EPL: Chelsea, Tottenham Set to Face-off with High Stakes, Tangled Storylines

Michael Cummings@MikeCummings37World Football Lead WriterMay 7, 2013

LONDON, ENGLAND - OCTOBER 20:  Fernando Torres of Chelsea breaks away from Steven Caulker and Jan Vertonghen of Tottenham Hotspur during the Barclays Premier League match between Tottenham Hotspur and Chelsea at White Hart Lane on October 20, 2012 in London, England.  (Photo by Shaun Botterill/Getty Images)
Shaun Botterill/Getty Images

When Chelsea host Tottenham Hotspur on Wednesday evening, it will be a meeting of the third- and fifth-placed teams in the Premier League table, a pair of also-rans in a second straight English season dominated by Manchester's dueling giants.

But in the absence of a compelling title race—even a title race at all—this London derby might be the biggest Premier League match of the season. Even without the reward of silverware at stake, this match should feature all the intensity and commitment of a title-decider, and it certainly will have the storylines to match.

For the hosts, there is a demanding owner, an unpopular interim manager, the potential return of a legendary leader and an exhausted squad juggling the multiple responsibilities of an interminable season.

For the visitors, there is a first-year manager well-positioned for cold revenge, a superstar with possible foreign ambitions and an unproven squad dealing with the weight of past failures.

For both, there is the common thread of finishing in the top four.

"Wednesday will be a final for both teams," interim Chelsea manager Rafael Benitez said (via Yahoo! Sports).

Benitez is not quite right, but his use of hyperbole is warranted. After Wednesday, both teams will have two matches left in their quest to finish in the top four and thus qualify for the lucrative UEFA Champions League next season.

Chelsea, led by the midfield genius of Juan Mata, currently occupy third place and the final automatic qualification spot for the Champions League group stage.The Blues defeated champions Manchester United at Old Trafford on Sunday to climb back above Arsenal and are favorites to finish ahead of their two London rivals.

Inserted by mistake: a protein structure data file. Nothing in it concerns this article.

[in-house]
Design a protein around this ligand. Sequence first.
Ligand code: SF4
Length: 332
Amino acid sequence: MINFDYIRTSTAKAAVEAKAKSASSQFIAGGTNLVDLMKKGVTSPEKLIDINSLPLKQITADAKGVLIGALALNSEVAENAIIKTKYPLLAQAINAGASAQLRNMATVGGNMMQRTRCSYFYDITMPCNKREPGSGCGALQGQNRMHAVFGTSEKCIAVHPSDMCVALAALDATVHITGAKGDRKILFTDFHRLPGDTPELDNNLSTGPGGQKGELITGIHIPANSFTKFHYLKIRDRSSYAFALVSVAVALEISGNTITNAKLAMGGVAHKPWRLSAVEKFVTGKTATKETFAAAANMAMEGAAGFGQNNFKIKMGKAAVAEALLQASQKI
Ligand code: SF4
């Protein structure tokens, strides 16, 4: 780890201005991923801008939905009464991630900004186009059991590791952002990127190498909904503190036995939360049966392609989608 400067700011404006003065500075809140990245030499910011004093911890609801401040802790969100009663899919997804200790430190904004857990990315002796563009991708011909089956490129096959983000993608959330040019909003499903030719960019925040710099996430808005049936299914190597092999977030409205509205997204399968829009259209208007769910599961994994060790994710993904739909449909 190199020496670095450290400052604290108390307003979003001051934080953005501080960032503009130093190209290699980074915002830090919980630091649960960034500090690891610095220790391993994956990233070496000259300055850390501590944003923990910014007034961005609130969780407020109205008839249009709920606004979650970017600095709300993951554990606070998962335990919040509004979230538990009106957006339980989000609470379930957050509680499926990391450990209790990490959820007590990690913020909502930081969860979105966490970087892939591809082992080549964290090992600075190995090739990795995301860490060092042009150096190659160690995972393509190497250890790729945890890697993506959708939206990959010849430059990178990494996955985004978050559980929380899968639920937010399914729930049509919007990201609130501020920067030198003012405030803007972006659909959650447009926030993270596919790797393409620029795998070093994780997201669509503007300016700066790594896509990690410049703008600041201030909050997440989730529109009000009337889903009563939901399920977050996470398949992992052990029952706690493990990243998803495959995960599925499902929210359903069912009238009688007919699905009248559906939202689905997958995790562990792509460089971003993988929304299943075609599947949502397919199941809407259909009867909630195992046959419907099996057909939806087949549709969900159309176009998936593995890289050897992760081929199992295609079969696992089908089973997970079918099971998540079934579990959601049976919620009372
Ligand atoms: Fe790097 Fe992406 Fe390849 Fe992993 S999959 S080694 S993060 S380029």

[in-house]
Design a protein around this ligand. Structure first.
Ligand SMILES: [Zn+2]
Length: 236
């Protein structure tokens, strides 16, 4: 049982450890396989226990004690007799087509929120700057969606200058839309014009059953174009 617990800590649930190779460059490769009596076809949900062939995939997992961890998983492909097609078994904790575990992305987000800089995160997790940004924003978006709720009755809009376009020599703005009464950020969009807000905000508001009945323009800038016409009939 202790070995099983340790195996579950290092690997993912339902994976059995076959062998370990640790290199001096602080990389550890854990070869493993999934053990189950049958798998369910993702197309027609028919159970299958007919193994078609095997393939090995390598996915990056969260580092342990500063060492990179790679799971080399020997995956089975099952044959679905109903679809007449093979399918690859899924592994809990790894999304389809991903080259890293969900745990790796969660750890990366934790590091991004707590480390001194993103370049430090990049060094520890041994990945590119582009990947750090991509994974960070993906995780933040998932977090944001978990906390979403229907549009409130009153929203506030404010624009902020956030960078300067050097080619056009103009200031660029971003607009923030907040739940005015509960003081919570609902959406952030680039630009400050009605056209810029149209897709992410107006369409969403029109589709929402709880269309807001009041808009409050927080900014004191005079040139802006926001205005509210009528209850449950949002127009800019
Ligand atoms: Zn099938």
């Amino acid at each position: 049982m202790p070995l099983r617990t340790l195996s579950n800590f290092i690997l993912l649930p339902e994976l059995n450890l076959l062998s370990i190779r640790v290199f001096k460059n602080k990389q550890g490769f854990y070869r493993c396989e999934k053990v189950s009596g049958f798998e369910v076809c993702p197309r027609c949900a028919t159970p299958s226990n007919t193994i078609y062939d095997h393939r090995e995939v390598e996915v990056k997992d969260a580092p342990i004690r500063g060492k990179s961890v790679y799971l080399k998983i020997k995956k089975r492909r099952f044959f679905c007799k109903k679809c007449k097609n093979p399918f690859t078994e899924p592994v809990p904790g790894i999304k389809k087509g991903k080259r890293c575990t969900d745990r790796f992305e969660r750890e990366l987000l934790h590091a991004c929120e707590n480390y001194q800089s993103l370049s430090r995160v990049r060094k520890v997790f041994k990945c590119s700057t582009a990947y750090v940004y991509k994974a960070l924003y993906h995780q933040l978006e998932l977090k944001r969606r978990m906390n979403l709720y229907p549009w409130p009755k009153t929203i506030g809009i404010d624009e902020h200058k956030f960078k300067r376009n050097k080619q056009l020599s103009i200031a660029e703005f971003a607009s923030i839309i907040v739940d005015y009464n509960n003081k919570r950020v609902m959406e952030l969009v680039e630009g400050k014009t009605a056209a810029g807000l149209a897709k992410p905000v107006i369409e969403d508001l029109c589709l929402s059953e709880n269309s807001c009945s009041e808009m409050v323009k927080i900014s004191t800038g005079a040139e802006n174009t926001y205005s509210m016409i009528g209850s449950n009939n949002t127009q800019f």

Tottenham, meanwhile, trail fourth-placed Arsenal by two points with a game in hand, and finishing fourth ensures a spot in that competition's final qualifying round.

According to figures reported in 2012 by The Guardian, Arsenal made just under €30 million for their participation in the 2010-11 Champions League, a run that ended in the Round of 16. Manchester United reached the final and earned €53 million.

Such are the potential financial rewards at stake Wednesday night.

"We are in the driving seat and hopefully we can get three points against Tottenham," added Benitez. "If we win we’ll be in the Champions League, but obviously Tottenham are a good team. It’s still crucial for us, but it’s even more important to them. I think there will be a great atmosphere in Stamford Bridge."

Benitez, 53, became Chelsea's interim manager in November following the dismissal of the popular Roberto Di Matteo. The Italian, himself an interim manager at the time, had led the Blues to Champions League and FA Cup titles last spring but fell out of favor with owner Roman Abramovich early this season.